- Associated Press
Tuesday, May 20, 2014

JERUSALEM (AP) - Security-camera video showing two unarmed Palestinians crumpling to the ground during a lull in a stone-throwing clash with Israeli soldiers revived allegations by human rights activists Tuesday that the troops often use excessive force.

The Israeli rights group B’Tselem said the images back its findings that troops killed the teens without cause by firing live rounds from more than 200 meters away. The soldiers were in “zero danger” at the time, said Sarit Michaeli of B’Tselem.

Israeli Defense Minister Moshe Yaalon said, “It was a life-threatening situation, so the officers acted accordingly.”

He said he hadn’t seen the video, but alleged the images had been manipulated through editing.

Lt. Col. Peter Lerner, a senior spokesman, said preliminary findings show forces fired only rubber-coated steel pellets, a standard means of crowd control, and did not use live fire.

The United Nations and the U.S. State Department called on the Israeli authorities to conduct a transparent investigation.

U.N. Assistant Secretary-General Oscar Fernandez-Taranco told the Security Council’s monthly Mideast briefing: “It is of serious concern that initial information appears to indicate that the two Palestinians killed were both unarmed and appeared to pose no direct threat.”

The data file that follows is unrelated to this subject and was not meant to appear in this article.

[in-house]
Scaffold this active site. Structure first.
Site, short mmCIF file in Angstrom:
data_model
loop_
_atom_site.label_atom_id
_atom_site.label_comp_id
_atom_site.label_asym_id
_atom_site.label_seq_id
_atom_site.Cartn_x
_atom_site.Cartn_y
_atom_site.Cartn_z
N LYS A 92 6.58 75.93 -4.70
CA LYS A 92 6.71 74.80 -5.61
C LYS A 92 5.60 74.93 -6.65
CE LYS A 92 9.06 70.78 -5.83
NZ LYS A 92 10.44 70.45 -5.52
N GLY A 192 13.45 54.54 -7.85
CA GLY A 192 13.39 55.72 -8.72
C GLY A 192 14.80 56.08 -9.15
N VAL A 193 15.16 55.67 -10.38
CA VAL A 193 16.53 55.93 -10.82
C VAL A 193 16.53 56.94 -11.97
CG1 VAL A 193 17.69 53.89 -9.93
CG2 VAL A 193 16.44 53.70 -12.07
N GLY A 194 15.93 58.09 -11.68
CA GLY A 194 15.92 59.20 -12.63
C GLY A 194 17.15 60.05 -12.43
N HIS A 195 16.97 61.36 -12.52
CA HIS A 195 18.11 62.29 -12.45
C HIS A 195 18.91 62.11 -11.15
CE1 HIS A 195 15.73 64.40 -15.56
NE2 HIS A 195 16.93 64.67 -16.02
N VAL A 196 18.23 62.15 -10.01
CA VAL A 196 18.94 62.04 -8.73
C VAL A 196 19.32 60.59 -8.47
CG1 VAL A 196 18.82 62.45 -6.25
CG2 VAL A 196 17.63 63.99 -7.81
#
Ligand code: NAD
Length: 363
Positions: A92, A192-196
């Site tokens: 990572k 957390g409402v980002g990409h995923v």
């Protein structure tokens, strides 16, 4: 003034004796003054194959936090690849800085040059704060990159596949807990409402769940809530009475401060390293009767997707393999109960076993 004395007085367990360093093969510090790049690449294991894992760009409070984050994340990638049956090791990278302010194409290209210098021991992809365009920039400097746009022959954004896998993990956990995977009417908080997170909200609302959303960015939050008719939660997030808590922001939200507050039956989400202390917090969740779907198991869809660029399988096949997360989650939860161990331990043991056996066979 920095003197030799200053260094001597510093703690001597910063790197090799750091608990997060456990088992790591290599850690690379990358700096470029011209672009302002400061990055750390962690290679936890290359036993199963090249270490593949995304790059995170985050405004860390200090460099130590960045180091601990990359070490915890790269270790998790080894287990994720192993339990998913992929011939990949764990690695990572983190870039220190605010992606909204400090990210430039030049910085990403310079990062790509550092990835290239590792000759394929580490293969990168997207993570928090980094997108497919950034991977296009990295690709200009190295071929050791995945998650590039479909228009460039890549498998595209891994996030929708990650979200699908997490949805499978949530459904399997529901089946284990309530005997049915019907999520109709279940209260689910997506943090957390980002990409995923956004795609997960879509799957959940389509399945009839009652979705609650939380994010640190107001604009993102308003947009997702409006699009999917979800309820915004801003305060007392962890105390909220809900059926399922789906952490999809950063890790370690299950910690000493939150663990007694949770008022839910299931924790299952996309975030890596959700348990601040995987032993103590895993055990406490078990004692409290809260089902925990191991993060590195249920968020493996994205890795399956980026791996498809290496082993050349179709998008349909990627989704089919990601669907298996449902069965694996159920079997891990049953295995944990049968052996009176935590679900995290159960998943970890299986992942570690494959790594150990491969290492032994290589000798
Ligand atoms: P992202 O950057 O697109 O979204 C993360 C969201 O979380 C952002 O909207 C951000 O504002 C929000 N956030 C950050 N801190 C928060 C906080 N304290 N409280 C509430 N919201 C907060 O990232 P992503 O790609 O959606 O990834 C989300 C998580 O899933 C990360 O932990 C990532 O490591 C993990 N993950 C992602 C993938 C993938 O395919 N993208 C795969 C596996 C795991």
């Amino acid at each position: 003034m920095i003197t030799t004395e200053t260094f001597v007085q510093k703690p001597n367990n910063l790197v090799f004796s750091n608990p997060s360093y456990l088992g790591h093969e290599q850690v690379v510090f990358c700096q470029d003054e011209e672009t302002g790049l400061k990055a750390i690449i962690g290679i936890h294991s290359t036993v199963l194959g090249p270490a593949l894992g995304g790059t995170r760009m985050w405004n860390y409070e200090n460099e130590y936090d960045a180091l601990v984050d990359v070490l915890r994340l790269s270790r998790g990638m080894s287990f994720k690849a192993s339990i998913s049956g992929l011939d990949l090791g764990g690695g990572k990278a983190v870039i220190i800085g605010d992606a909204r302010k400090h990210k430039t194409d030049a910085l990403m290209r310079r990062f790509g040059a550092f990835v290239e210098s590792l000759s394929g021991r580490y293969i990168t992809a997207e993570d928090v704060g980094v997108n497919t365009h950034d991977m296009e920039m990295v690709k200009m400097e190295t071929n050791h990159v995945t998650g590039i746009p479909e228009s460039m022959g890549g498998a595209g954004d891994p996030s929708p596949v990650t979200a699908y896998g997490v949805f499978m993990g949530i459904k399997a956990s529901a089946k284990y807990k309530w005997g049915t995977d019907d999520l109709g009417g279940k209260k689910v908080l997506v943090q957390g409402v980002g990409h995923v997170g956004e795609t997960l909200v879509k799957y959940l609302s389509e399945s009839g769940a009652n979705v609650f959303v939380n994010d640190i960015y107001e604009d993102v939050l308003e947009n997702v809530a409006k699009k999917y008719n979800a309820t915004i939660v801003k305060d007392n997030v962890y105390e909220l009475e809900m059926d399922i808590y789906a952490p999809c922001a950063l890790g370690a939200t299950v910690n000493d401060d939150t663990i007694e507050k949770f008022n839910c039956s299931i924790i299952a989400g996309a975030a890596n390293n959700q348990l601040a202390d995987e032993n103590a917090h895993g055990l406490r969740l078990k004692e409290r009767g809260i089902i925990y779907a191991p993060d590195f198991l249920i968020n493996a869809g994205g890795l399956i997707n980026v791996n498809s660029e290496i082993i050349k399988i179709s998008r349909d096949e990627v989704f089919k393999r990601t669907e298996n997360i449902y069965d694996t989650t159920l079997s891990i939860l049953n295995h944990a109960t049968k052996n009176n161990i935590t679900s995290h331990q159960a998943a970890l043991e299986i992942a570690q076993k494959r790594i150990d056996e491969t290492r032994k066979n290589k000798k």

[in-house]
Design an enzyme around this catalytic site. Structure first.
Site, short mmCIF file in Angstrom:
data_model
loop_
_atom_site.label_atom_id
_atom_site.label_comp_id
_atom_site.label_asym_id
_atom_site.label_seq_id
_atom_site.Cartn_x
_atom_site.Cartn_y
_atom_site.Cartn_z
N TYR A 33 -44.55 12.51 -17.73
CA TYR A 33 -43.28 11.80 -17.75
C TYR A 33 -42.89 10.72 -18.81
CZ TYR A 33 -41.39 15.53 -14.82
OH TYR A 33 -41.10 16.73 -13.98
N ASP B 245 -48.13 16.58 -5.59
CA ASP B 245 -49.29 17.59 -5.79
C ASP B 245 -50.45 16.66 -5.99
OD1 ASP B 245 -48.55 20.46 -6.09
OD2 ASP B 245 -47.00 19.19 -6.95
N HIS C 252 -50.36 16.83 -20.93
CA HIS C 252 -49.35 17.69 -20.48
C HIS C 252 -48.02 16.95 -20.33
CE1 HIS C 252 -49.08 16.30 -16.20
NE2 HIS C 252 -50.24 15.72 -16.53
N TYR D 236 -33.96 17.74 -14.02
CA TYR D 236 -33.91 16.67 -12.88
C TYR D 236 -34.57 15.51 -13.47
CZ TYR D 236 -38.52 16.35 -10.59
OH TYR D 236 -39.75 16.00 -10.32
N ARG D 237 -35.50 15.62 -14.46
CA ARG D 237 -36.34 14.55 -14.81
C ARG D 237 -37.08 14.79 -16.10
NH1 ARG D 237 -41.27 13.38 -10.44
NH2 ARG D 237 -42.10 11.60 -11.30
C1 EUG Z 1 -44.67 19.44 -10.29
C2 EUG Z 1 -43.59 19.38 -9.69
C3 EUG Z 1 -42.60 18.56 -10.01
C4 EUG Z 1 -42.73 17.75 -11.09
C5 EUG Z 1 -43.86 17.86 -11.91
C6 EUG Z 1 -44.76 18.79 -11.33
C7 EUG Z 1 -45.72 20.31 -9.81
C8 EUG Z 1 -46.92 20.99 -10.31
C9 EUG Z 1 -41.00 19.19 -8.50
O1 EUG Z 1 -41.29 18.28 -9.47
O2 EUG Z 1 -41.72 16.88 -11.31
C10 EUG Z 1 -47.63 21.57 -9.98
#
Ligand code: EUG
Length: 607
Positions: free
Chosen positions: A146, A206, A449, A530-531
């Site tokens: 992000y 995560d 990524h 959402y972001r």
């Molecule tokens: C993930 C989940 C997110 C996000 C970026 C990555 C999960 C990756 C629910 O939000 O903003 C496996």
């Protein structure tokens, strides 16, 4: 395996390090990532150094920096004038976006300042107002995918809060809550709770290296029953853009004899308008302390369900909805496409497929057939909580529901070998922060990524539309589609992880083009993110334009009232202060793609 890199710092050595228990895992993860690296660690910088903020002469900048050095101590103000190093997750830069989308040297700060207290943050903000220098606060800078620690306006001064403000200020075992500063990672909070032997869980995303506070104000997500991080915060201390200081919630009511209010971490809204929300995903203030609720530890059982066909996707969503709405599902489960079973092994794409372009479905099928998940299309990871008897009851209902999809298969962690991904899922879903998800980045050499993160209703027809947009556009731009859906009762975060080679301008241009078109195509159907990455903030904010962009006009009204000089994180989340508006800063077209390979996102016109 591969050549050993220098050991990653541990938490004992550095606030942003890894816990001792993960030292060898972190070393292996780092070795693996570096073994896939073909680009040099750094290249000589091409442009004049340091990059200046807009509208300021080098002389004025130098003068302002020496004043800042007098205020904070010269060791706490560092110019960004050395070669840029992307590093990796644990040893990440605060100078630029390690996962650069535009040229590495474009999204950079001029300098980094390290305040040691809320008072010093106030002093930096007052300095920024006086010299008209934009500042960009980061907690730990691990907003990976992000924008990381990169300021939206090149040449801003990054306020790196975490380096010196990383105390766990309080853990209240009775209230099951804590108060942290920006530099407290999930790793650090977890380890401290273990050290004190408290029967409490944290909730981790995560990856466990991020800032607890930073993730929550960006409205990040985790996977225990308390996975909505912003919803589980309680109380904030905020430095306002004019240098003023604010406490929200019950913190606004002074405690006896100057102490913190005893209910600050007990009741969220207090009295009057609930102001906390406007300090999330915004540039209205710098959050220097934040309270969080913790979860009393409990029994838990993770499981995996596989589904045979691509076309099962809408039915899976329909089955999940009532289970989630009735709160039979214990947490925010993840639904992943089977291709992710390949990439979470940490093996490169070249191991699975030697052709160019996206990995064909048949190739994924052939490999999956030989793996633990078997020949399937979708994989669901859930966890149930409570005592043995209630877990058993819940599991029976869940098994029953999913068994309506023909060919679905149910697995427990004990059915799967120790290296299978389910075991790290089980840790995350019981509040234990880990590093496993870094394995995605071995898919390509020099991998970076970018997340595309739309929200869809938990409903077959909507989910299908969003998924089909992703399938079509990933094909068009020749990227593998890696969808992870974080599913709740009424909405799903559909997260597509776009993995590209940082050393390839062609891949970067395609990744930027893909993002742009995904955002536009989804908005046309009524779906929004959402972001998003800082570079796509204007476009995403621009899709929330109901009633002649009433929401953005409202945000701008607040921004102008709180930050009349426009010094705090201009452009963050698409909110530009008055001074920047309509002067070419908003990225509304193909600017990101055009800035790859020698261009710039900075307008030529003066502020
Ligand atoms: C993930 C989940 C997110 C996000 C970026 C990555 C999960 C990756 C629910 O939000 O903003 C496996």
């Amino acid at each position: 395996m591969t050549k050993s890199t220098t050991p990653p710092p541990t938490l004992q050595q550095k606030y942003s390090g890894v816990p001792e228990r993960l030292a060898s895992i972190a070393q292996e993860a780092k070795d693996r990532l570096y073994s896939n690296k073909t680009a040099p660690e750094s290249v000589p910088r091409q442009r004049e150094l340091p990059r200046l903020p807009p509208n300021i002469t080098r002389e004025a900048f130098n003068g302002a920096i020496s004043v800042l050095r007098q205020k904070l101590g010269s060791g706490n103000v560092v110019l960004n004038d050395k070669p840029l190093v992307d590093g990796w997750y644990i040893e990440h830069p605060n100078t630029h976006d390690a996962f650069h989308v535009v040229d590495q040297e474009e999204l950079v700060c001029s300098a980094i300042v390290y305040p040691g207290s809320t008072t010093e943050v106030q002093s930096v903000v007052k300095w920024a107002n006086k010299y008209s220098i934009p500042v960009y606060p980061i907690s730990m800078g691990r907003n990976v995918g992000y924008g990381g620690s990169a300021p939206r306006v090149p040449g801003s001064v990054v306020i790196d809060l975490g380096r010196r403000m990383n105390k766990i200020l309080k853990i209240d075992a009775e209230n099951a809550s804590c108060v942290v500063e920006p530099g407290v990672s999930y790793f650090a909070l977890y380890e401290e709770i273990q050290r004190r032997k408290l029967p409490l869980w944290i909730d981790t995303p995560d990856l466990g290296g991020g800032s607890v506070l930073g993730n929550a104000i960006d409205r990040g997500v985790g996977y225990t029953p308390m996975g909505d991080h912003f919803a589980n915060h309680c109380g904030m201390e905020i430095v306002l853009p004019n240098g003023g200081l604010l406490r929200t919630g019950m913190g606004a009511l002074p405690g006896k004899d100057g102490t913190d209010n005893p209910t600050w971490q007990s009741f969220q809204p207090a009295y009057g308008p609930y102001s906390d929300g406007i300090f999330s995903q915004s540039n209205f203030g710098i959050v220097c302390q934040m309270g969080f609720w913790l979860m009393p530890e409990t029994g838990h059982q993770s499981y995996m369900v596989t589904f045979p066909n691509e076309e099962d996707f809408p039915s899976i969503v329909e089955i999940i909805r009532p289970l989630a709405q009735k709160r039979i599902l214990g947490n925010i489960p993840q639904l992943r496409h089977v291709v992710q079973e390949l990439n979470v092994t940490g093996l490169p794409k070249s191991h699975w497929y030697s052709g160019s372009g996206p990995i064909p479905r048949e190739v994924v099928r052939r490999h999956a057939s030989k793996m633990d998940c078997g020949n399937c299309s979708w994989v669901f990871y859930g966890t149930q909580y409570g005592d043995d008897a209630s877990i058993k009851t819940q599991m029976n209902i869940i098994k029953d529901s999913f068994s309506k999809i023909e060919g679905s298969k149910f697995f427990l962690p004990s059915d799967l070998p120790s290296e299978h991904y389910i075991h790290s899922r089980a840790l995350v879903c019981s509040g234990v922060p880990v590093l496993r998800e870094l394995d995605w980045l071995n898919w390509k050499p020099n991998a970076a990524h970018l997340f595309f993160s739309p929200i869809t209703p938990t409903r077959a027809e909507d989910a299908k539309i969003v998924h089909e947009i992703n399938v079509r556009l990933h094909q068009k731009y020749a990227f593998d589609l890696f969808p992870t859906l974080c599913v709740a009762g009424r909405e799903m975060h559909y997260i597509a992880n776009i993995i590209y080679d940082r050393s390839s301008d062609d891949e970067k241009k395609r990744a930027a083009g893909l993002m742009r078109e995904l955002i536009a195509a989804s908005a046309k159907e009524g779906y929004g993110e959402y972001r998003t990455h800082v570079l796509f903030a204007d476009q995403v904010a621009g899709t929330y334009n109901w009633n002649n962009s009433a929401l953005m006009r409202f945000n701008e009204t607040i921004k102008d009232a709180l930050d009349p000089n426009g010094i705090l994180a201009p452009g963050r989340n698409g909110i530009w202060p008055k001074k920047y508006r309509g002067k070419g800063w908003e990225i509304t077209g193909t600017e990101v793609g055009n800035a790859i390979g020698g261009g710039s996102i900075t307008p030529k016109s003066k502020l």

At issue is a clash between Israeli troops and Palestinian stone-throwers May 15 near the West Bank town of Beitouniya, a few hundred meters from an Israeli military base, Ofer. On that day, Palestinians marked the anniversary of their uprooting in the war over Israel’s 1948 creation by holding marches and protests in the West Bank and Gaza.

Starting around midday, several dozen Palestinian youths burned tires in a main street and threw stones toward Israeli troops, according to witnesses and B’Tselem.

Troops fired rubber bullets, but also four live rounds, said resident Fakher Zayed, who said he witnessed the confrontation from his balcony. Four security cameras mounted on Zayed’s building captured the events on the street below.